The Mozart concerto recordings by fortepianist Ronald Brautigam and the Kölner Akademie under Michael Alexander Willens have been quite controversial, and the potential general buyer is advised to sample extensively if possible in order to determine which camp he or she might fall into. On one hand are several positives. The historical forces are accurate, with a small but not minuscule orchestra and a delightful, sparkling copy of an Anton Walter piano by Americo-Czech builder Paul McNulty. The very brisk Piano Concerto No. 19 in F major, K. 459, has an original treatment of the movement tempi: the opening movement is taken at a clip considerably faster than its Allegro marking would indicate (there's some evidence that Mozart intended it this way), and that gives Brautigam and Willens room to take the unusual middle movement at its marked Allegretto speed. The entire performance is sharp, edgy, and perfectly coordinated, and BIS' hybrid SACD engineering, executed at a Deutschland Radio chamber music studio in Cologne and sampled here on a good conventional stereo, is superb. Then there are aspects many listeners will perceive as negatives. These include an expressionless dryness that goes well beyond what one expects from the elimination of vibrato in the strings, a performance of the slow movement of the Piano Concerto No. 23 in A major, K. 488, that is seemingly insensible to the music's striking chromaticism (which would have shocked Mozart's contemporaries), and a general distaste for any lyrical feeling. The last of these is obviously a matter of individual preference, but listeners should know what they're getting into. Approach with caution.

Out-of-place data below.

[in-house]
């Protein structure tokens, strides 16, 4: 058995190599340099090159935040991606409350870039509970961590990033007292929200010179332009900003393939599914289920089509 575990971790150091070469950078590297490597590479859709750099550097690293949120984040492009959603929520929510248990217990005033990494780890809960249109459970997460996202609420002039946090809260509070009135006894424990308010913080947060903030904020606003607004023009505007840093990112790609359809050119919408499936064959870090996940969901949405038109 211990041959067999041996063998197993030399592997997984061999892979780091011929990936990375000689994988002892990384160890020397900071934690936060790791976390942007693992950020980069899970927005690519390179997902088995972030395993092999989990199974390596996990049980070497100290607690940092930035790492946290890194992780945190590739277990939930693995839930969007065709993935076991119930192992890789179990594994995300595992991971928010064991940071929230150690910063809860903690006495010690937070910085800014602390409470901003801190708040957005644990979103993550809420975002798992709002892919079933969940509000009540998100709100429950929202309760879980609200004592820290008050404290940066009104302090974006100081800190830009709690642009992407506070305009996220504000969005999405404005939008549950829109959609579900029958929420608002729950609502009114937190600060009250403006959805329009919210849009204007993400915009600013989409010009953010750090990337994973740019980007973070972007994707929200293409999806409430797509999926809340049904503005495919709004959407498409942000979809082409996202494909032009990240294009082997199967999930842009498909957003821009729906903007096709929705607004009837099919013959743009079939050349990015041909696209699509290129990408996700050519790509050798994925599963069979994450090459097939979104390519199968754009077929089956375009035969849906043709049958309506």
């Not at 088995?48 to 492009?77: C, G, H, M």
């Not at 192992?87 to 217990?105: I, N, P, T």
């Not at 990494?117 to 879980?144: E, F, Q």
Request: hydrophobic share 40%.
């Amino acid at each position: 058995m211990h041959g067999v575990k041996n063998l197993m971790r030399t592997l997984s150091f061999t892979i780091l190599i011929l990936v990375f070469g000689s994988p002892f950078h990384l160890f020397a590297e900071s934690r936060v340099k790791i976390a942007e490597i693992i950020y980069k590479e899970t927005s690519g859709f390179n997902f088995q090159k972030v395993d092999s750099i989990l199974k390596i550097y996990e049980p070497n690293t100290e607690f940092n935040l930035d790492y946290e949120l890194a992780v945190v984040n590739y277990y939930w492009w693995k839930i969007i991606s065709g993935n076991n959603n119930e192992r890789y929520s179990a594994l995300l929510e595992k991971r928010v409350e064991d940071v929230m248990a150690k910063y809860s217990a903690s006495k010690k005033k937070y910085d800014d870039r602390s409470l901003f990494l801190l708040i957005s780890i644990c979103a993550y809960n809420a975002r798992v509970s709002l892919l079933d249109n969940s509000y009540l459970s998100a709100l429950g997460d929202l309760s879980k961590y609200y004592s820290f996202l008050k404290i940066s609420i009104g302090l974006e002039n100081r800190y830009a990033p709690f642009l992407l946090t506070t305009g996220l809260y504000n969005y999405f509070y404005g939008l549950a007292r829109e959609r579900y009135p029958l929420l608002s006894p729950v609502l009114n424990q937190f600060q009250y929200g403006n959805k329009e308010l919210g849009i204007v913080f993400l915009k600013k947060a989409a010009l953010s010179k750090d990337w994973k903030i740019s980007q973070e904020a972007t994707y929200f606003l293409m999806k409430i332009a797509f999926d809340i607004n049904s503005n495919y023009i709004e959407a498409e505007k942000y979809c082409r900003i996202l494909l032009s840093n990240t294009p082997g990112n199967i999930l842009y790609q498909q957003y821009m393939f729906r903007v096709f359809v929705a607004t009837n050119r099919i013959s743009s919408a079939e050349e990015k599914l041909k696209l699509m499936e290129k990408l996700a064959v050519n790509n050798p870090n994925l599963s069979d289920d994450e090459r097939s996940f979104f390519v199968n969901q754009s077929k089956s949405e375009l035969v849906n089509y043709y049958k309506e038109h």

AllMusic Review by James Manheim
|Piano Concerto No. 19 in F major, K 459|
|Piano Concerto No. 23 in A major, K 488|